The following post is long and cathartic for me, but likely boring to you.
In my previous life, before becoming the wife of a Children’s Pastor, I spent a lot of time center stage. As a teenager I was very involved in choir and drama… in college I helped lead praise and worship at our church and Campus Christian Fellowship…I’ve served in churches as the leader of drama teams and vocal teams…basically I felt right at home in the spotlight.
When Jonathan first started working as a Children’s Pastor, we knew we wanted to work together as a team. I dove in head first and started teaching preschool classes, organizing Vacation Bible School, learning about crafts (I had touched a glue stick less than 5 times before the age of 25), and generally being the all-around go to gal for anything dealing with preschoolers. That left no time for my previous pursuits on stage. WOW. I have learned so many hard and humbling lessons about myself.
I never realized how much I depended upon the “praises of men” until I stopped holding a microphone and started holding glitter and glue.
Ask anyone on a praise and worship team; after singing on stage, it’s not uncommon to hear “Oh, that song was such a blessing!” or “Service was so great today. Praise and worship was so moving!” or even just a simple “Thank you so much. Great job today.”
But when you work for 2 hours on a Sunday morning with 25 four year olds, the praises don’t flow quite so freely. I’m not really angry or upset about this fact; I have never in my life gushed to a children’s worker, “Oh Wow! What a fabulous job you did this morning! You are so talented! Praise God for your gift!” People don’t “experience” children’s ministry in the same way that the ministry of praise and worship is experienced. I get it.
However…after working with kids for a short time, I was shocked at my own need to be recognized for the job I was doing! After working so hard all week preparing a lesson, arriving at church early to set up my classroom, teaching a rowdy group of preschoolers, I began to get a little upset when there were days I didn’t get so much as a “thank you” from anyone. My pride was revealed. “How can they just pick up their kid from my class without so much as a thank you? How can people leave me here with their child for half an hour after service while they chat with their friends? How can these parents never volunteer to help me when they can see that I’m dealing with 30 kids all by myself?”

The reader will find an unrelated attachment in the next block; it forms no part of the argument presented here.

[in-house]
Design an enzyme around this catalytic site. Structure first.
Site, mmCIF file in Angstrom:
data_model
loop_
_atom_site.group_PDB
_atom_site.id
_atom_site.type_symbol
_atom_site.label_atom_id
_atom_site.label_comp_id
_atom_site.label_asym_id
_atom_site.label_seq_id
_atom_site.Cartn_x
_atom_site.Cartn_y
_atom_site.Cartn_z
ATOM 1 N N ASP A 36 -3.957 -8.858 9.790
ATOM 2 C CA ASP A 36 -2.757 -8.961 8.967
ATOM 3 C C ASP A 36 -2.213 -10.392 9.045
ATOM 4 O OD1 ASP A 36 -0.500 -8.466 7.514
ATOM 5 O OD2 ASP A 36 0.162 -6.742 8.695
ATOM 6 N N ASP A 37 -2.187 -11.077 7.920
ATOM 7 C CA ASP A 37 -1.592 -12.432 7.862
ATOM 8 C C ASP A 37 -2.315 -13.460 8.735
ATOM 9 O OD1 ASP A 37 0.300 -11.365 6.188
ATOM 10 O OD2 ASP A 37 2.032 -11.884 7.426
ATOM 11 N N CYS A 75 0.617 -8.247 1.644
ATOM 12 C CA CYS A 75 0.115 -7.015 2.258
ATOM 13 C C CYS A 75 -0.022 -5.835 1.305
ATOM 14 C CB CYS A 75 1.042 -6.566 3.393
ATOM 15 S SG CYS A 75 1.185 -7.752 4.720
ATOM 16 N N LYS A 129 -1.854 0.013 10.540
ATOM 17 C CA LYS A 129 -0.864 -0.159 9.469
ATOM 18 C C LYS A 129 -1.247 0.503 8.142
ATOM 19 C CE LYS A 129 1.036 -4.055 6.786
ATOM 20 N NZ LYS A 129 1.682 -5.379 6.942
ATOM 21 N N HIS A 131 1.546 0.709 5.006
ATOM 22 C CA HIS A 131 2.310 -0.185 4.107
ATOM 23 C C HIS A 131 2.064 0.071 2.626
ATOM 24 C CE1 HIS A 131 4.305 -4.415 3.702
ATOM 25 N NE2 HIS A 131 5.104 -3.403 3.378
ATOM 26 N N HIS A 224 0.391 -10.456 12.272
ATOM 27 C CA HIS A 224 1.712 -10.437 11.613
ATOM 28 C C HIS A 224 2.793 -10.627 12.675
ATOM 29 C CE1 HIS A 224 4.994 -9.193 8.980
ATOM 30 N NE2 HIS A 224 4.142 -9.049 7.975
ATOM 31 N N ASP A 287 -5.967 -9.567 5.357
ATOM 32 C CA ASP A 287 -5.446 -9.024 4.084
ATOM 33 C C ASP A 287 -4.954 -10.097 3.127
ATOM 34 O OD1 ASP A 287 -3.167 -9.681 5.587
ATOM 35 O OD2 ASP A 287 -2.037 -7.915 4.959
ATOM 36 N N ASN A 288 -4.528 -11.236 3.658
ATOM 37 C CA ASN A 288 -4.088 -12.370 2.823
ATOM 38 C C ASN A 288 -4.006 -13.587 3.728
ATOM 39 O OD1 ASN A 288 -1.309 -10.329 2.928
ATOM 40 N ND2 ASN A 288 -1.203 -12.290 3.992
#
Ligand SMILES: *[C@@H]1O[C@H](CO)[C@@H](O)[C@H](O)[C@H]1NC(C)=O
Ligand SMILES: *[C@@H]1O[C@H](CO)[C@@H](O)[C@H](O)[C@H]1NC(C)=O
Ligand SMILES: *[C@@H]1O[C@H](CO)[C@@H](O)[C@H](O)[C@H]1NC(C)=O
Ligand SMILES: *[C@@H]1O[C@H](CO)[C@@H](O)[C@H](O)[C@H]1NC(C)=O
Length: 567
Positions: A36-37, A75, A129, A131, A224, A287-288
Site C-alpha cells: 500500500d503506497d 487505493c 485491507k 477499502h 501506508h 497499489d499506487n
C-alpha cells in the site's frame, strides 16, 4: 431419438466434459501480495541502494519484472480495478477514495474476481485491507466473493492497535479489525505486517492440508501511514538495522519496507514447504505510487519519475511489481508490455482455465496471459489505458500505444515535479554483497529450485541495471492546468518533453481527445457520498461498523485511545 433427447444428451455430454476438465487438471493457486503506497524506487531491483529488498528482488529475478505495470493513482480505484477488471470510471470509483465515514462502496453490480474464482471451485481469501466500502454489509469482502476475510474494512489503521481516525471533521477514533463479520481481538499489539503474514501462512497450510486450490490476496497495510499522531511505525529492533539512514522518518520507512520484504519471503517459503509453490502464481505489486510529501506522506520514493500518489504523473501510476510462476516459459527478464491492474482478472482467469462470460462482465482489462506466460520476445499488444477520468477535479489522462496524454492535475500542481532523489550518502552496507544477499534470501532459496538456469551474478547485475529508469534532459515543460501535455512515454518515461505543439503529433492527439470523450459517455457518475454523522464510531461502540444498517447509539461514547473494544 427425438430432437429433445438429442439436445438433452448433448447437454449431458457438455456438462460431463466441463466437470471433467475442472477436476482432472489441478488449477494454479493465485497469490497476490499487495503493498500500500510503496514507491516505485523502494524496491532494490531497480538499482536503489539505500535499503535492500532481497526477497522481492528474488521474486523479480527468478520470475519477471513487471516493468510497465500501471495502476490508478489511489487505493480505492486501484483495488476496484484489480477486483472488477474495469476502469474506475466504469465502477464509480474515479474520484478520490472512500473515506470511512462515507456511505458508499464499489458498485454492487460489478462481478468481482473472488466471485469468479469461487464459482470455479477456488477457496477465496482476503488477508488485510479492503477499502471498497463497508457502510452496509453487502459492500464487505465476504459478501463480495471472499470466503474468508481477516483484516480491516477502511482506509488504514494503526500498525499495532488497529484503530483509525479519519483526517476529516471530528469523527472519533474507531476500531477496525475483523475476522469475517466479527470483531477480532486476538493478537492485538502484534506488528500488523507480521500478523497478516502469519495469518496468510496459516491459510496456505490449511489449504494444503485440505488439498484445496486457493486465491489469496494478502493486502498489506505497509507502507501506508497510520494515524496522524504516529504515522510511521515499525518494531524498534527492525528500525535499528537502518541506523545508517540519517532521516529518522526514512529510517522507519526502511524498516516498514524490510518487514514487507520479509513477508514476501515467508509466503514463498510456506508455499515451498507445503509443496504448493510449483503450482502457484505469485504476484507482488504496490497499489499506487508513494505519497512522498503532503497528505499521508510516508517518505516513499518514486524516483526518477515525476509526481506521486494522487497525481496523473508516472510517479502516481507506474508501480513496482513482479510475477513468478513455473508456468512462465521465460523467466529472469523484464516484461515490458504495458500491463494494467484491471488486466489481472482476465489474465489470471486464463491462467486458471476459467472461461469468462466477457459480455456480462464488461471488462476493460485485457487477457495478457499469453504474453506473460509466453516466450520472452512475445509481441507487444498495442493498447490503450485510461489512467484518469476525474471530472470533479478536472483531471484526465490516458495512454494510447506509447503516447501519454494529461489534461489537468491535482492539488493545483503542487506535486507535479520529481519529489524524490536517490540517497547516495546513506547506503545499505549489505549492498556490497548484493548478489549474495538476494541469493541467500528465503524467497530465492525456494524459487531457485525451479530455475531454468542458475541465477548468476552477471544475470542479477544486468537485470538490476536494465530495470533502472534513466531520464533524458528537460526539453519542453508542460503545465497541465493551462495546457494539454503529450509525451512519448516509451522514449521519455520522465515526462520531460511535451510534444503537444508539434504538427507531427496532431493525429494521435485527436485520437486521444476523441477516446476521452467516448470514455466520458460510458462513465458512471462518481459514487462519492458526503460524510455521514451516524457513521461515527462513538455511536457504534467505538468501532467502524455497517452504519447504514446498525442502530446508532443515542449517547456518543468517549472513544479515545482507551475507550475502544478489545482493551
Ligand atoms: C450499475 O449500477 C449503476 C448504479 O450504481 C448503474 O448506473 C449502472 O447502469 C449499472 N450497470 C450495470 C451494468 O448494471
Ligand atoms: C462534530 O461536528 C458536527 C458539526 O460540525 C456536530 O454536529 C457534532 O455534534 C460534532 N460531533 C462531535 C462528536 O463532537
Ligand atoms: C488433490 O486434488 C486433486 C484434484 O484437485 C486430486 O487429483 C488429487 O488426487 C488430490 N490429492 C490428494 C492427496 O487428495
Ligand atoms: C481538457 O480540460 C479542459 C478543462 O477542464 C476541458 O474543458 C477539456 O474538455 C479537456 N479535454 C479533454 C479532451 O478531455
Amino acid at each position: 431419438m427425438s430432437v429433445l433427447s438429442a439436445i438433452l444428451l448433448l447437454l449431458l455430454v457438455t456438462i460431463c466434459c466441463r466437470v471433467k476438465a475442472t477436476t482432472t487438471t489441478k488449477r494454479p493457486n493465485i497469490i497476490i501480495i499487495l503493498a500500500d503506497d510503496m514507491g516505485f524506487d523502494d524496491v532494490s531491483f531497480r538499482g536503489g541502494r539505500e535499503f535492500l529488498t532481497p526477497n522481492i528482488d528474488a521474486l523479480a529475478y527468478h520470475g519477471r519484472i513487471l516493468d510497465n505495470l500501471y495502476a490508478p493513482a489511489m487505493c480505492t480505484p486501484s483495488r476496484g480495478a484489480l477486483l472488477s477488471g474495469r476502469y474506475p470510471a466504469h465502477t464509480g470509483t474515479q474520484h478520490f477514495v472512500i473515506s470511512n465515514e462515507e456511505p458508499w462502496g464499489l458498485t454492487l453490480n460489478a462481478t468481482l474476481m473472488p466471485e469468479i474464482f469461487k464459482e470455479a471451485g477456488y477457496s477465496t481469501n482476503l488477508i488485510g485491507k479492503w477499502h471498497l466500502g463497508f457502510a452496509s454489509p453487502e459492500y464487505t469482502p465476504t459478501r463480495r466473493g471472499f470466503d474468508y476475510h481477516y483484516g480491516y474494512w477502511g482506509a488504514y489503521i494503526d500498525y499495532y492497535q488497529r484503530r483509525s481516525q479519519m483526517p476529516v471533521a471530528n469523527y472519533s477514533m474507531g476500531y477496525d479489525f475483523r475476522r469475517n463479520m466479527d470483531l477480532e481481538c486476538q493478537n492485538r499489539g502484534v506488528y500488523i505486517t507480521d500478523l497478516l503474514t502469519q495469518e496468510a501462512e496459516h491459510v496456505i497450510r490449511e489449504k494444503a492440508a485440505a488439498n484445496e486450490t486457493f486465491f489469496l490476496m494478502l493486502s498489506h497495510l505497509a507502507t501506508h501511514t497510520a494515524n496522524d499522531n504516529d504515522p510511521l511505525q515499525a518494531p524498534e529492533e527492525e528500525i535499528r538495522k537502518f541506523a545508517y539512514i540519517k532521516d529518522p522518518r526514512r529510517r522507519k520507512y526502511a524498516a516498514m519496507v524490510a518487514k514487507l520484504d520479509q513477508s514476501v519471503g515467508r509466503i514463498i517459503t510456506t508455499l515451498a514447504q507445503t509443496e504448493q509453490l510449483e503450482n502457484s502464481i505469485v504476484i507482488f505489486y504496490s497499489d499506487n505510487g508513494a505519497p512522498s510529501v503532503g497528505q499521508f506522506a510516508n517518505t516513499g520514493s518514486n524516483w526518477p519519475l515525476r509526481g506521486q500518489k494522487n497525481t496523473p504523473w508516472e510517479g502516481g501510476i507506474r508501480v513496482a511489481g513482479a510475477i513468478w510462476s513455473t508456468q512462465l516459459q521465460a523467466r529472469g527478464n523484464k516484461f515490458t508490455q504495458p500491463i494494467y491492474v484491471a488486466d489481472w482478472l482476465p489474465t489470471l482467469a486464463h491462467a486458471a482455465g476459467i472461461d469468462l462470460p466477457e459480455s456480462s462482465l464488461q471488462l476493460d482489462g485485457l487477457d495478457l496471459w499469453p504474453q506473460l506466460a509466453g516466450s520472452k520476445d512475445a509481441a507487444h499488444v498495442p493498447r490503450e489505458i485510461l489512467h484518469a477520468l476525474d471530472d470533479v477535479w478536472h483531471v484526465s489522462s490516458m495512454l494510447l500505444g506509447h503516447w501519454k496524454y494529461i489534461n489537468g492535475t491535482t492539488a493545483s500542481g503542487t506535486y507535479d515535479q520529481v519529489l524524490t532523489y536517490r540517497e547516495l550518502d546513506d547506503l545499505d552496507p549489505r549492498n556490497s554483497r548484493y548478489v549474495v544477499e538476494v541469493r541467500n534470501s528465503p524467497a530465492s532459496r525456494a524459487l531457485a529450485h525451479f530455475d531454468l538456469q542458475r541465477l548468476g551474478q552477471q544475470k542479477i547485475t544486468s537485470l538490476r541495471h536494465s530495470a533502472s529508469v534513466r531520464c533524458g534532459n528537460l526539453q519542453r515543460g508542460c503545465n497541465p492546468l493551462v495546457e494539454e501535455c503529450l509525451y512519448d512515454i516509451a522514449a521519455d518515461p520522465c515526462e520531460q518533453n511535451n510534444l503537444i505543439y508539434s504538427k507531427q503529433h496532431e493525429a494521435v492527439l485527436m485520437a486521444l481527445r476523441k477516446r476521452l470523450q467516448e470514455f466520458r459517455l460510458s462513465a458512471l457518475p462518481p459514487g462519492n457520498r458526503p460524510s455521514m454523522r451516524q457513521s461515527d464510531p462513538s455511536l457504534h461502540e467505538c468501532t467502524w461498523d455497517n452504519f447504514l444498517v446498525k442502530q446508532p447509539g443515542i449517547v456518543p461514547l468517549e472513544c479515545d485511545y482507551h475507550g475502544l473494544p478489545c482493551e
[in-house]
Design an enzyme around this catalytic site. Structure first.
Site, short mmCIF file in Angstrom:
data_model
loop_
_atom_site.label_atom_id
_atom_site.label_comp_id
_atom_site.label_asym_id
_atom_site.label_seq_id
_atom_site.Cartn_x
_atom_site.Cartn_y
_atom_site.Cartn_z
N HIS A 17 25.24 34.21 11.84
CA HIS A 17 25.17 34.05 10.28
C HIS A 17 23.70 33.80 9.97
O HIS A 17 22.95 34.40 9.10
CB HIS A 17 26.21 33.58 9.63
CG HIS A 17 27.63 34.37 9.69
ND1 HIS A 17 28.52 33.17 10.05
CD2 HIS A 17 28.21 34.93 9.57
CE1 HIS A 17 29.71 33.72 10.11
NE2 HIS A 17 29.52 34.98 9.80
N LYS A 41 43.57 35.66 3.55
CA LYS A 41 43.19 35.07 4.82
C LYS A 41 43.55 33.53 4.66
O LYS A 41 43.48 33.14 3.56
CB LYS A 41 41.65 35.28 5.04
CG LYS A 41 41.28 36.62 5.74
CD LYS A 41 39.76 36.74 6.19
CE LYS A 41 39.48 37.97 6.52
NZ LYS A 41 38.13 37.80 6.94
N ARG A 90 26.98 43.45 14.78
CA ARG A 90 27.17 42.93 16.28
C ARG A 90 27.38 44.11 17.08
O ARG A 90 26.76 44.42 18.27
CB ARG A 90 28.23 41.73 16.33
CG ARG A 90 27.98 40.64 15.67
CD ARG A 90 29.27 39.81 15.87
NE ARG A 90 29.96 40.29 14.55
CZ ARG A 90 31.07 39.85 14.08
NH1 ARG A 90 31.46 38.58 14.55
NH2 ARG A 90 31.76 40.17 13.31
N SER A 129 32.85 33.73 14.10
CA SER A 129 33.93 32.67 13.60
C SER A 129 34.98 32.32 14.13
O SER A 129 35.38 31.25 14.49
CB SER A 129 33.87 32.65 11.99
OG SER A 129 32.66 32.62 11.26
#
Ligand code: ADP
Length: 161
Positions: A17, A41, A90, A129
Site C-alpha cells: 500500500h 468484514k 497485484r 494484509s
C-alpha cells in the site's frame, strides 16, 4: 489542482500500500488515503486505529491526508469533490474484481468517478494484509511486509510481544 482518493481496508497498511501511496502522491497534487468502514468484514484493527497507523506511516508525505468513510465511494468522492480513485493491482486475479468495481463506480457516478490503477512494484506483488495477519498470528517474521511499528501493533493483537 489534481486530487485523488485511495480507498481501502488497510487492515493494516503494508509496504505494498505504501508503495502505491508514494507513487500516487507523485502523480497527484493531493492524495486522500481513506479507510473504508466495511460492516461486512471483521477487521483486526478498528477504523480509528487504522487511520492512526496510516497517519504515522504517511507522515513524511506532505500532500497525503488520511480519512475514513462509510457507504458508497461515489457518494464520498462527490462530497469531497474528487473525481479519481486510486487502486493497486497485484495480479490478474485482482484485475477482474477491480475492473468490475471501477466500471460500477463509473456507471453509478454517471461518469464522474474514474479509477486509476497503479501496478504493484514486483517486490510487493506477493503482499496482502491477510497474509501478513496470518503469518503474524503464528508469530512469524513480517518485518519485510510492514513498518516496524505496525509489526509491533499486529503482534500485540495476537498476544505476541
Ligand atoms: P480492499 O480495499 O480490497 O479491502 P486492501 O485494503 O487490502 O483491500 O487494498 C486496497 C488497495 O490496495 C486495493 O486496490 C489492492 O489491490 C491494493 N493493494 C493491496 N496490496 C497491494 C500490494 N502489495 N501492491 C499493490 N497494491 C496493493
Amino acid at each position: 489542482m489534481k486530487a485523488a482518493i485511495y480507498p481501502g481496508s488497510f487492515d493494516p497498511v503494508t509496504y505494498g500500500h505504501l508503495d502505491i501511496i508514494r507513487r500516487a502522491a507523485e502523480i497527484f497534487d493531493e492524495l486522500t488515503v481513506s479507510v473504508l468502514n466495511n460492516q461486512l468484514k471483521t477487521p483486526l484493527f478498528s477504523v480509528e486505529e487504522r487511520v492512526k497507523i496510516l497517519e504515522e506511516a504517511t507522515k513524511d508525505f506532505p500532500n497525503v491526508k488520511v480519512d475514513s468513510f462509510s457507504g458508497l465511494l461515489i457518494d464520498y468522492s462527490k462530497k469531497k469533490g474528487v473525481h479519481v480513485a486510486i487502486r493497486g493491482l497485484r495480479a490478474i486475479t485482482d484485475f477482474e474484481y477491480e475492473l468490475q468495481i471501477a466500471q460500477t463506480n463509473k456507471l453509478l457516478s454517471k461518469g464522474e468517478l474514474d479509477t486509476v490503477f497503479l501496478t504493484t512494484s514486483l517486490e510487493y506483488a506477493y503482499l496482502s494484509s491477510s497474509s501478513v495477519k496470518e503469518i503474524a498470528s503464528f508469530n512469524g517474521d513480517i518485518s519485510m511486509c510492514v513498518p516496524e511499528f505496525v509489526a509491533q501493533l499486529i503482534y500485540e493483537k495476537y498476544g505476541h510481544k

The extent of my bitterness was revealed when I was asked to sing a special during a Sunday morning service. After I sang, people were lovingly complimentary. People were graciously saying things like “I was so blessed by that song; you are really talented.” I accepted their praises with a smile, but inside I was screaming, “WHAT?!? I teach your kids every week for hours upon hours, and I’ve never gotten so much as a smile from you! All I did was sing a simple little song for three minutes — working week after week with your kid is immeasurably harder!”
Then, slowly and ever so gently, the Holy Spirit started to reveal my heart to me. On more than one occasion I heard him ask “Why are you teaching this class? Is it for your glory, or for Mine?”
I realized that if I were truly teaching out of love for Jesus, because I desired to teach kids about living for His glory, then I could go my whole life without so much as a “Thank You” and be perfectly content, and even joyful.
Then I begin to wonder why I previously got so much joy out of leading praise and worship. Was it truly just because I loved serving God in that way? Or was it because I loved being recognized for my “gift”? I suppose now I must admit that it was some of both, although I never would have know it if not for my time spent out of the spotlight with preschoolers.
Vacation Bible School is happening at our church right now. There were several roles I could have played. If I had wanted, I probably could have signed up to lead praise and worship time. I decided instead to work in the craft room. God is still teaching me lessons back stage.